Serving as Senders

There are no by-standers enlisted in the Great Commission. Everyone called by Christ is called both to Christ and to engage in the Missio Dei – the Mission of God in this world. 

That is not a new concept. I suspect few who have spent even the minimalist time in an Evangelical church would be able to honestly say that they have not heard the above statement, or at least something very, very close.  The question, however, that people seem to stumble over is: What is MY Part?

While there are several ways this can be answered, for the sake of simplicity in this post I will divide the roles into two categories:

  • Some people are Goers
  • Some people are Senders

Obviously some people will do both. But never should a Christian do neither.  Some go on short-term mission trips, and in that way, at least, many are goers.  But in the strictest sense of the roles, most of us short-termers cannot consider ourselves actual “Go-ers”. That should be reserved for those who commit to long-term cross cultural service. 

The role of the typical church member, and of local church missions committees, is to be Senders. But while that may be easy enough to understand, what seems to stump many people, and many committees, is a clear definition of what it means to be a Sender. 

Missiologist Neil Pirolo has penned a very helpful book: Serving as Senders. In this book Pirolo outlines the parameters of being a Sender.  You get the idea even by simply thinking about the outline of the Chapters:

  1. The Need for Senders
  2. Moral Support
  3. Logistics Support
  4. Financial Support
  5. Prayer Support
  6. Communication Support
  7. Re-Entry Support
  8. Your Part in the BIG Picture

While the book is short, and certainly not exhaustive even on this subject, Pirolo’s thoughts are a great starting point. I plan to provide a copy for members of the missions committee at our church.

Serving as Senders is also available as a free e-book. Click the link above, or click: Senders.

Some Aspects of Sin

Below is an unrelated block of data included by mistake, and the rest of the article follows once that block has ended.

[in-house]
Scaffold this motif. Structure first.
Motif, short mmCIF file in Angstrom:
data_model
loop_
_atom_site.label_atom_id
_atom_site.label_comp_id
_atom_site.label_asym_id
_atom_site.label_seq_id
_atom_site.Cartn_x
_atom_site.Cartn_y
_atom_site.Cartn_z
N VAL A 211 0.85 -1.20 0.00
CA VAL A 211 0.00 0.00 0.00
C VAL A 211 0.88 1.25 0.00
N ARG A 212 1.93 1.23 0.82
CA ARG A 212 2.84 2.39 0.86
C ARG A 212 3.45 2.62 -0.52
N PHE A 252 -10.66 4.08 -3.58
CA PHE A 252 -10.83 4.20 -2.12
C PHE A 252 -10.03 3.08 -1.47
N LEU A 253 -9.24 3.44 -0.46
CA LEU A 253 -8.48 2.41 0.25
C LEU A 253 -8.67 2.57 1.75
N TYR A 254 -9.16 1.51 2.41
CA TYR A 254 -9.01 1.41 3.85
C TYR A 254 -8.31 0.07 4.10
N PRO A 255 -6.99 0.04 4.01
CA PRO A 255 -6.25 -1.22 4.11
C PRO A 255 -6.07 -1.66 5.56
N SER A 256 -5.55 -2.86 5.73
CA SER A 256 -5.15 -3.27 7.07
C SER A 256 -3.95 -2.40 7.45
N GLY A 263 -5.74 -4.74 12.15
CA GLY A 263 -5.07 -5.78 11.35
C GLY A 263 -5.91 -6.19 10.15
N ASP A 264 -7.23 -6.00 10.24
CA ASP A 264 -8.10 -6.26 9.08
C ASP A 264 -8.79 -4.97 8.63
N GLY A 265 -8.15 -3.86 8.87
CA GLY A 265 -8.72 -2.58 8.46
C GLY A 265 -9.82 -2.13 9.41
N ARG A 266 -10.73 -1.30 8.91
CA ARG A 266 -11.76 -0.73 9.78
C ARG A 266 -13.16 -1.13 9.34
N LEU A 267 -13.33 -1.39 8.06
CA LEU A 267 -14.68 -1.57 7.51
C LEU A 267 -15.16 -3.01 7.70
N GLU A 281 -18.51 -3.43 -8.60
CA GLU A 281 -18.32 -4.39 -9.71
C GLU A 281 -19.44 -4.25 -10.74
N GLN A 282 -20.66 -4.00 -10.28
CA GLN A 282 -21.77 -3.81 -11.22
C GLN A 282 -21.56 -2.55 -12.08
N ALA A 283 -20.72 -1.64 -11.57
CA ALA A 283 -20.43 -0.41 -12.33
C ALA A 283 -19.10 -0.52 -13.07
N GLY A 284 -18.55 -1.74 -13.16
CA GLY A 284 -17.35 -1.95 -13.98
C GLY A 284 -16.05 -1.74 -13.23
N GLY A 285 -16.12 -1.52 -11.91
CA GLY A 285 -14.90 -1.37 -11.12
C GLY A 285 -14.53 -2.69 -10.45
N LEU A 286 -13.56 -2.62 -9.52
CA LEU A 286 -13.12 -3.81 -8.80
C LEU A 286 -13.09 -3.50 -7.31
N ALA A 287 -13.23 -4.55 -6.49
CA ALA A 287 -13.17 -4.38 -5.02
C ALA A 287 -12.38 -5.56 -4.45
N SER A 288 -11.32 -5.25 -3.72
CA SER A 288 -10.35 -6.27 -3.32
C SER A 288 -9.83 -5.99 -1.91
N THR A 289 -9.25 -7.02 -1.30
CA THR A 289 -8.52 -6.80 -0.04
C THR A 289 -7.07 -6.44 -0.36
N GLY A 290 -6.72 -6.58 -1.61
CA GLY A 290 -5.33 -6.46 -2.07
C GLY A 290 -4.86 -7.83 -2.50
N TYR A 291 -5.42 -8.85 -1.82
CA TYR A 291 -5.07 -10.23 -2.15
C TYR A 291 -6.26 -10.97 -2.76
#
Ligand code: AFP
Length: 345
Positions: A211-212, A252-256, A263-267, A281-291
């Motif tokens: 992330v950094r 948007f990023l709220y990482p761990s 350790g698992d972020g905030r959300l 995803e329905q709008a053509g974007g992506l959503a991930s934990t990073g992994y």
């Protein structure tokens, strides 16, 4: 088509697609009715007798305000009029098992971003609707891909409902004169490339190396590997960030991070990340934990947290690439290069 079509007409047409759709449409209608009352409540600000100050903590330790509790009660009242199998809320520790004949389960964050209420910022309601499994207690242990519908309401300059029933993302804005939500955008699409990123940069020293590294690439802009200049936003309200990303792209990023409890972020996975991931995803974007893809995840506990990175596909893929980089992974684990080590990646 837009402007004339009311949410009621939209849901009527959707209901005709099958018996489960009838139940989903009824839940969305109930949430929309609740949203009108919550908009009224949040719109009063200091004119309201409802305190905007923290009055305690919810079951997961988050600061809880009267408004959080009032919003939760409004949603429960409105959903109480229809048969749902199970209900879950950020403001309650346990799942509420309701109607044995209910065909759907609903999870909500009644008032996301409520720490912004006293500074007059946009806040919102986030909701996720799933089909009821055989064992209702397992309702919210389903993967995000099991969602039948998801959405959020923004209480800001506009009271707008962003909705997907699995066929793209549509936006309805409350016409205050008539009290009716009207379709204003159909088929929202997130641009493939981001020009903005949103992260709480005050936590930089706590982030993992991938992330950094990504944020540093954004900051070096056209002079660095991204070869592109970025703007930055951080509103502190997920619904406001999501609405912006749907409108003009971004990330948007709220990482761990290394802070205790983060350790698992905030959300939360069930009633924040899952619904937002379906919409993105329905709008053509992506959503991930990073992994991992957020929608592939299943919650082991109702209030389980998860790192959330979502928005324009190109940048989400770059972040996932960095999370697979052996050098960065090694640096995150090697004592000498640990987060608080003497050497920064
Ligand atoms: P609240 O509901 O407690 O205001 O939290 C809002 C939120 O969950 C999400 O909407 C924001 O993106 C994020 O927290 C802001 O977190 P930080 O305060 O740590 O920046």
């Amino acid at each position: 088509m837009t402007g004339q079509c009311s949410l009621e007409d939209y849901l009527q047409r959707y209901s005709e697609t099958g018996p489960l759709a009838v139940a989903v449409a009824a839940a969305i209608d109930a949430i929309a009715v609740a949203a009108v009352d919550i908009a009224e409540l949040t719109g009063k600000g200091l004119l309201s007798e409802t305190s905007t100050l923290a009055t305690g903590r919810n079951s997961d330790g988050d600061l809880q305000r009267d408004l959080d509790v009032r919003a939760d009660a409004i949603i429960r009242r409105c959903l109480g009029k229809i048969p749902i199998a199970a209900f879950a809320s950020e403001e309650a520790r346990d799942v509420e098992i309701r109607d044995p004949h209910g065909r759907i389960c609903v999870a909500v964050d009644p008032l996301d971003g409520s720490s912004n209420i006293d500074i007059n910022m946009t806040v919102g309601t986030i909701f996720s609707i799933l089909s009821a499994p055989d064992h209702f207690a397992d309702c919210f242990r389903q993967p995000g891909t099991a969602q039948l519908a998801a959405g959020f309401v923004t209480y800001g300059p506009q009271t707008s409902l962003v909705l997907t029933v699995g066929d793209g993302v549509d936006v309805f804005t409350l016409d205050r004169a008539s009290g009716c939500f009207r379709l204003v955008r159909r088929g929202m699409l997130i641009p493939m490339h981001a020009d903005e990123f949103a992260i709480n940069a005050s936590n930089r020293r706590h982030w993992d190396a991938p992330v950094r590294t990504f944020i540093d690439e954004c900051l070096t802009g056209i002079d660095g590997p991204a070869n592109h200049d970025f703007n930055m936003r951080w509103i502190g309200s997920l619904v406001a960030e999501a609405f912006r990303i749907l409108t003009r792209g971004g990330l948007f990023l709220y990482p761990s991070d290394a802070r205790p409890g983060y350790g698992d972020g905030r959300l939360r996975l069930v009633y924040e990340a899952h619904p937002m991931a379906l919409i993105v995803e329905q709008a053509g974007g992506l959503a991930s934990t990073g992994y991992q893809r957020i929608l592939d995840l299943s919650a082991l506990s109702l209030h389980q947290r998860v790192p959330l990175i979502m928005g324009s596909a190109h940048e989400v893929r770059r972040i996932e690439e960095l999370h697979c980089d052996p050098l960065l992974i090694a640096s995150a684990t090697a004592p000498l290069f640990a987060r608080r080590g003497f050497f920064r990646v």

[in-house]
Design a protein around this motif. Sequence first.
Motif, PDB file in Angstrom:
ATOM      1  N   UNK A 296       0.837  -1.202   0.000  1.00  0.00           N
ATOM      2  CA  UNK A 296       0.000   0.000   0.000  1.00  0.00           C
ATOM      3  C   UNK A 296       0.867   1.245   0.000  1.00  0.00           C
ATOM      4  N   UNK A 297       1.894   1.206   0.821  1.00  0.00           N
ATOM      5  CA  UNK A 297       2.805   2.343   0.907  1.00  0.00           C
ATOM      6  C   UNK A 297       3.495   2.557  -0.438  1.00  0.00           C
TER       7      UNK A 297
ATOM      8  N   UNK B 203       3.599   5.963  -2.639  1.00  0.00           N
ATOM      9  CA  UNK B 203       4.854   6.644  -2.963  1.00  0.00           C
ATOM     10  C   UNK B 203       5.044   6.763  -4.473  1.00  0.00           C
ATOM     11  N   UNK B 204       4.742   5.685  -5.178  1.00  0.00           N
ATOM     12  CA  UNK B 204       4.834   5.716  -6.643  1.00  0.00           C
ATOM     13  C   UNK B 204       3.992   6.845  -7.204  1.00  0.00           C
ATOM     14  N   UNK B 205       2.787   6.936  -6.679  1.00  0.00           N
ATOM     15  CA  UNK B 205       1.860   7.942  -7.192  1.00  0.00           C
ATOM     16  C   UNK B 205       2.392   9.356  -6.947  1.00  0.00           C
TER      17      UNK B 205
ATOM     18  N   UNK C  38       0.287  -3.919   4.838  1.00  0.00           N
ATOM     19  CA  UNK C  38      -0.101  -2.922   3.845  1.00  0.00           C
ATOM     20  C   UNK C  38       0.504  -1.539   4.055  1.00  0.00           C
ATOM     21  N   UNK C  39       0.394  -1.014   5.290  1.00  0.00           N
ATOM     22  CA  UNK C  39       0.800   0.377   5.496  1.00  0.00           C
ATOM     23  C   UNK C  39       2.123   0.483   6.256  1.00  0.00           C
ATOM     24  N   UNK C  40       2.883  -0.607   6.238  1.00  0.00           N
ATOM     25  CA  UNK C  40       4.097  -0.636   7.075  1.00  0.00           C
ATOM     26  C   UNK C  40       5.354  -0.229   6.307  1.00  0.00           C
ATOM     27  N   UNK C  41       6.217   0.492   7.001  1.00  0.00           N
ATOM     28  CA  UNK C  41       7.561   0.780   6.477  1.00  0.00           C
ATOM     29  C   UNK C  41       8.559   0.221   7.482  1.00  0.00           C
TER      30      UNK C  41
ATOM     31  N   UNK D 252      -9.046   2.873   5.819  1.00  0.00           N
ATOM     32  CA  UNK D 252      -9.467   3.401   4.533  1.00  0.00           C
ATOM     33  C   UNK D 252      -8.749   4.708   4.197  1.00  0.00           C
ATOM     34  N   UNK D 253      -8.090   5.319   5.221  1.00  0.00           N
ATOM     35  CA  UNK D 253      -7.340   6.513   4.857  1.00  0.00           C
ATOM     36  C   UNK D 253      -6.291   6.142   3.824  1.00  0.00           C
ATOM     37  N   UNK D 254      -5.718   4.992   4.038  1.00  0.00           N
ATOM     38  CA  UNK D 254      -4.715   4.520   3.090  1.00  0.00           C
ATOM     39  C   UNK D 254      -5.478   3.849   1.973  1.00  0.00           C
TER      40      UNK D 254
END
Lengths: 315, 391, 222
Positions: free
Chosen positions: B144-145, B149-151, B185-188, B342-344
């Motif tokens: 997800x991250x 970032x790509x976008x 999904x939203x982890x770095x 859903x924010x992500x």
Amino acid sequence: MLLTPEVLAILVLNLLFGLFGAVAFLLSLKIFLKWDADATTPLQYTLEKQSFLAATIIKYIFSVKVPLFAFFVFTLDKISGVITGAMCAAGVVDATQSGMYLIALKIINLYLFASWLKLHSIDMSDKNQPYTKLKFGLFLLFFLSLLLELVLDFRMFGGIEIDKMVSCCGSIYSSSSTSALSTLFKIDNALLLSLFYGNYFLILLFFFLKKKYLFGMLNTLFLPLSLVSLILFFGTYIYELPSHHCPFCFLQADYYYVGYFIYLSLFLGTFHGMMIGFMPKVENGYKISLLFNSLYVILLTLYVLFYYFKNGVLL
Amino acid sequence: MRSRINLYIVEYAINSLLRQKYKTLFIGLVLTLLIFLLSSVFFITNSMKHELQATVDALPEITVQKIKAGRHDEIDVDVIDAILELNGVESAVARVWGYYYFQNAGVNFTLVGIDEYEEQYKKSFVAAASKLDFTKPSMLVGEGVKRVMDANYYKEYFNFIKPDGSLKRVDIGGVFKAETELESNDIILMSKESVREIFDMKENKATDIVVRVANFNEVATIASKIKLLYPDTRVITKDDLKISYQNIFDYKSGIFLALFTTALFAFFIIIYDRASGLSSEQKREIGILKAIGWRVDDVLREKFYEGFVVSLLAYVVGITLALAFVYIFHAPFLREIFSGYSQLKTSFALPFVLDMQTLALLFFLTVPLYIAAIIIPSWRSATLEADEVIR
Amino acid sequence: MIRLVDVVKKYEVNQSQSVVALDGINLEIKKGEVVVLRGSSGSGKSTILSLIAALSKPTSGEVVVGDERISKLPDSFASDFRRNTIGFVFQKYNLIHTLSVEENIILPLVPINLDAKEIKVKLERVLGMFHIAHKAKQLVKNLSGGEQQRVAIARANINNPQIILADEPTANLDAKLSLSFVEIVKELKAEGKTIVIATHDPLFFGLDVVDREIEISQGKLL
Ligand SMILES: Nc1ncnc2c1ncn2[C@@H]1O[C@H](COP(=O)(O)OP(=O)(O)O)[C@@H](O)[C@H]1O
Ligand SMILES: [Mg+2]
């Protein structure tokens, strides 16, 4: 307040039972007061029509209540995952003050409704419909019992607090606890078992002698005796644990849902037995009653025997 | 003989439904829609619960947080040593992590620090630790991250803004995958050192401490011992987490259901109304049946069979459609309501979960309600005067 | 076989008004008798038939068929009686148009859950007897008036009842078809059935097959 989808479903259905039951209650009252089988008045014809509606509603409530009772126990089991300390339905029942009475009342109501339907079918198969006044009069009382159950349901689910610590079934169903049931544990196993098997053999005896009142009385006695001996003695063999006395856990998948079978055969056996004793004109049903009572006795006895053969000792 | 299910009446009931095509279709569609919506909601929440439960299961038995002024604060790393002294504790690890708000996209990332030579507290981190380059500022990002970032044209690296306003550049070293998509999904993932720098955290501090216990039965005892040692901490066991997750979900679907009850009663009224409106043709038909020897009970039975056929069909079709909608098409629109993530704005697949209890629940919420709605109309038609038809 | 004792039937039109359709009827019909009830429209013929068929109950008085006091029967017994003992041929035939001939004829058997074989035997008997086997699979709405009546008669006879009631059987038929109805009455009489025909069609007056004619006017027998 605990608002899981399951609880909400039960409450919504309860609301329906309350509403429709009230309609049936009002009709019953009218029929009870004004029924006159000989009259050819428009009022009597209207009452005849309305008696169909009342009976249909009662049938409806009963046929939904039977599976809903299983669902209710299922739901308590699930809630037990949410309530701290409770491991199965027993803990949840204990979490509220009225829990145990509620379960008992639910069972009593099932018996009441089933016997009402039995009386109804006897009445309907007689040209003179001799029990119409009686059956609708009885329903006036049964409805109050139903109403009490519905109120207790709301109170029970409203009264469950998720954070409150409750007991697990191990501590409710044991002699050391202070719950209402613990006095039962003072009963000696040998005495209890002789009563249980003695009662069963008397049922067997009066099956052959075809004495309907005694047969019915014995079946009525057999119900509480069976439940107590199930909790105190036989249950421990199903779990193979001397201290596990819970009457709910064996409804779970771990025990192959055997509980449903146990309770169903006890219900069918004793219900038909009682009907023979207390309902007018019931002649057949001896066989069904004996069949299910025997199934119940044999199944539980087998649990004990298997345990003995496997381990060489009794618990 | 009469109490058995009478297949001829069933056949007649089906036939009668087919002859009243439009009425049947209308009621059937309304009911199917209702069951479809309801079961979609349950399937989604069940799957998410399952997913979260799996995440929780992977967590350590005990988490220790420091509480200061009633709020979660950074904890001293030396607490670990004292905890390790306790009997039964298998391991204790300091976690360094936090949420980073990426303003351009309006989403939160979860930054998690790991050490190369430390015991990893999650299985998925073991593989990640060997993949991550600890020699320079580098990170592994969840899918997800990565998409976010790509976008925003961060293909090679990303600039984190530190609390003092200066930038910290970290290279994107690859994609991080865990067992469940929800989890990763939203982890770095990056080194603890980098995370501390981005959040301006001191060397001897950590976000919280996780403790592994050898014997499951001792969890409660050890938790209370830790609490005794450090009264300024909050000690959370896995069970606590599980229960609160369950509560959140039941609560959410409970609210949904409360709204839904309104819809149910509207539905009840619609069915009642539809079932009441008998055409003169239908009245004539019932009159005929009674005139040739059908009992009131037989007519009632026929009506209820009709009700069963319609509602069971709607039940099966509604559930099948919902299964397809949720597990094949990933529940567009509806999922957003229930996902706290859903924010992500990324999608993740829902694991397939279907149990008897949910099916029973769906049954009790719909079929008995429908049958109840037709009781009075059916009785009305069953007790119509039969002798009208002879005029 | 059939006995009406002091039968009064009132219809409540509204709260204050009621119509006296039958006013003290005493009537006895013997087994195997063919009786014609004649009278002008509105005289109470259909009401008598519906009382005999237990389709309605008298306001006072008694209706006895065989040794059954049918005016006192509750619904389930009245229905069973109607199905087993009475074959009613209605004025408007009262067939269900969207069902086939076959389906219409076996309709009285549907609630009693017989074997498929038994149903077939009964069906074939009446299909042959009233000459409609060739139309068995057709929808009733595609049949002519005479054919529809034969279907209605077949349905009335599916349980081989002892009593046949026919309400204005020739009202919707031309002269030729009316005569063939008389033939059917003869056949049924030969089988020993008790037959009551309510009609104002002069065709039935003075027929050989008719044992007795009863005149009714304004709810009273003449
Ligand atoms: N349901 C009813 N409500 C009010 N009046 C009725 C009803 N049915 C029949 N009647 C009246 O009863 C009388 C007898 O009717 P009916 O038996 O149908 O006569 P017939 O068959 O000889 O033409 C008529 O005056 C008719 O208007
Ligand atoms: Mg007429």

Something I have long found intriguing: In the opening chapter of his book, HolinessJ.C. Ryle dedicates his entire attention to the subject of Sin. At first I wondered why that was. Eventually I realized that we cannot grow in holiness unless we understand our very real condition and the effects it has on us.  

Just what is sin, though?

The Westminster Shorter Catechism defines it this way:

Sin is any lack of conformity to, or transgression of, the Law of God

According to Richard Trench’s Synonyms of the New Testament, Sin is decribed in the Bible as having at least eight different aspects:

  1. Missing the Mark or Aim; Falling Short
  2. Passing Over or Transgressing a Line
  3. Disobedience to a Voice
  4. Falling When One Should Have Stood Upright
  5. Ignorance of What One Should Have Known
  6. Diminishing of that which Should Have Been Rendered in Full
  7. Non-observance of a Law
  8. Discord in the Harmonies of God’s Universe.

That last one is also described by Cornelius Plantinga as “A Violation of Shalom”.  (See: Not the Way It’s Supposed to Be.)

Understanding our condition of sin is as important to our overcoming it and growing in holiness as it is for those with some form of cancer to understand their condition and its effects so they know how to treat it and beat it. My father-in-law, while fighting a rare lymphoma, used to say: “Be as nasty to your cancer as your cancer is to you.”  Not only is that good advice for cancer patients, but it is good advice applied to those of us who are infected by sin. This is known as “mortifying” our sin or “dying” to sin.